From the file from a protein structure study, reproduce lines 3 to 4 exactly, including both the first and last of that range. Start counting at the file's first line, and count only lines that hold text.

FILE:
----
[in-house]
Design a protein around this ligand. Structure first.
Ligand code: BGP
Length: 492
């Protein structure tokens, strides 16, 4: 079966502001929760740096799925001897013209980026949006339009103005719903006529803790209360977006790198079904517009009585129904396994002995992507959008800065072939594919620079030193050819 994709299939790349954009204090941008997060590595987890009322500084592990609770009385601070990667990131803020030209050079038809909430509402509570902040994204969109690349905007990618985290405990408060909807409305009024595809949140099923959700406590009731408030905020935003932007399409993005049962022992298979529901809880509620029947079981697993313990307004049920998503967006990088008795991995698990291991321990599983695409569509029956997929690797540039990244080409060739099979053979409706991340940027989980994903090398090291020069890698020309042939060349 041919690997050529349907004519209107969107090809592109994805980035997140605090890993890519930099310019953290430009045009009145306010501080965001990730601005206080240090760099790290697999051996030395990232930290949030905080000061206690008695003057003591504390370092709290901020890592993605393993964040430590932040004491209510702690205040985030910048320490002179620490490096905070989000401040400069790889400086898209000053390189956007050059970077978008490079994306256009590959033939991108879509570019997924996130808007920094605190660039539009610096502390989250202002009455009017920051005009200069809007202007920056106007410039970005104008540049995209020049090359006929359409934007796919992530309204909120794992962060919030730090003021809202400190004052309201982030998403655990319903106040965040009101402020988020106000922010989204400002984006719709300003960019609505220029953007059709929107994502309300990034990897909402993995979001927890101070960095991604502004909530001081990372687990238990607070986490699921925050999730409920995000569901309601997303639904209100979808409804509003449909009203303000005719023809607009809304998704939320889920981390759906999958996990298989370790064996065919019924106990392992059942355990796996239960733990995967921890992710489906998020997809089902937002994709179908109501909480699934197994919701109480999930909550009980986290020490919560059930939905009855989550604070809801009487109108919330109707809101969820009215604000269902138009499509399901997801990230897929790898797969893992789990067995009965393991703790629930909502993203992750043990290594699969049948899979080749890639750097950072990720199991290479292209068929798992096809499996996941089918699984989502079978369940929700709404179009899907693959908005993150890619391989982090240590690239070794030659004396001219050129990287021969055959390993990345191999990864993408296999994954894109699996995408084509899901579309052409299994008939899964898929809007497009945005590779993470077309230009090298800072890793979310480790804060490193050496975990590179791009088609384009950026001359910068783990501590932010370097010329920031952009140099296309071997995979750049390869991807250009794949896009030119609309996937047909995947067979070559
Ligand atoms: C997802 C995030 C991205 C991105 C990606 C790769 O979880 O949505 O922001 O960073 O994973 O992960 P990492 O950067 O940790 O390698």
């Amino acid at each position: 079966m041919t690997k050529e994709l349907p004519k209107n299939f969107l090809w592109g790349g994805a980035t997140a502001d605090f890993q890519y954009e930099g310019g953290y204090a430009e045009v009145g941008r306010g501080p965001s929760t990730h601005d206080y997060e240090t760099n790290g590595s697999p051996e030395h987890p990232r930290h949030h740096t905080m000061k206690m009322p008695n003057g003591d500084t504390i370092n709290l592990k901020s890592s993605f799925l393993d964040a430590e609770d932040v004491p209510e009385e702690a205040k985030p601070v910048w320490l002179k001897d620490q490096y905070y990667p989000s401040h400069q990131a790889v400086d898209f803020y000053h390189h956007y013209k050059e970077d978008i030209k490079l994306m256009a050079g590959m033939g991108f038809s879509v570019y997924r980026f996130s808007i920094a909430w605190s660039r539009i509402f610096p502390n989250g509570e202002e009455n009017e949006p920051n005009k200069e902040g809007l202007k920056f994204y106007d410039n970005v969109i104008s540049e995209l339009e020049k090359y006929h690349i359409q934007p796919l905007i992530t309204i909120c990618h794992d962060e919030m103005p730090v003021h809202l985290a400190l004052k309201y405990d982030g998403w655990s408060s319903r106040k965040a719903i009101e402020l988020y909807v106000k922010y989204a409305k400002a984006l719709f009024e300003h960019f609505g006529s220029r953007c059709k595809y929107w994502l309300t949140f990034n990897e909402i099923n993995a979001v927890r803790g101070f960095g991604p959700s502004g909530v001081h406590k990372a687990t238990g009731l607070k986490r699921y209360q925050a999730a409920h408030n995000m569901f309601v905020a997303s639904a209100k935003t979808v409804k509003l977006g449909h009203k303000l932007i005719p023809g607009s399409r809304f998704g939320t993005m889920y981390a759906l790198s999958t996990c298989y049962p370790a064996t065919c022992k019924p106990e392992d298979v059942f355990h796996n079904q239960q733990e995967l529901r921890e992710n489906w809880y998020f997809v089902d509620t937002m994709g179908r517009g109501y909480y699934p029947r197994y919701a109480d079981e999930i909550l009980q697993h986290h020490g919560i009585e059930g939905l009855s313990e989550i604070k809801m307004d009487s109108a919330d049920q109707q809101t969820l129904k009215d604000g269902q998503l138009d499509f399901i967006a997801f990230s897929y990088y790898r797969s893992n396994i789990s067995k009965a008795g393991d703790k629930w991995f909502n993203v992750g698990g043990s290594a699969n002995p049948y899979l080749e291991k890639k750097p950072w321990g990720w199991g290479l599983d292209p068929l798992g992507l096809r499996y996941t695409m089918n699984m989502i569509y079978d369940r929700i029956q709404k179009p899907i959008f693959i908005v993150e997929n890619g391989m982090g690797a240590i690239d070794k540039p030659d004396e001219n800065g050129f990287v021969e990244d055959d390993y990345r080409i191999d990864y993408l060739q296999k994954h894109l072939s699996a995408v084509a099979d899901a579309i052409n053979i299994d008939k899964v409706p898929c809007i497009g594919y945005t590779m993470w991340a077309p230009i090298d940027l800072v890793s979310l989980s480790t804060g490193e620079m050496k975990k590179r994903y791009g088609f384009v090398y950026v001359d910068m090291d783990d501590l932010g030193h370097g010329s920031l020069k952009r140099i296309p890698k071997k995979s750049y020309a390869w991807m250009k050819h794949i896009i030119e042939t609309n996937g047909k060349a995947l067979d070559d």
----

Ligand code: BGP
Length: 492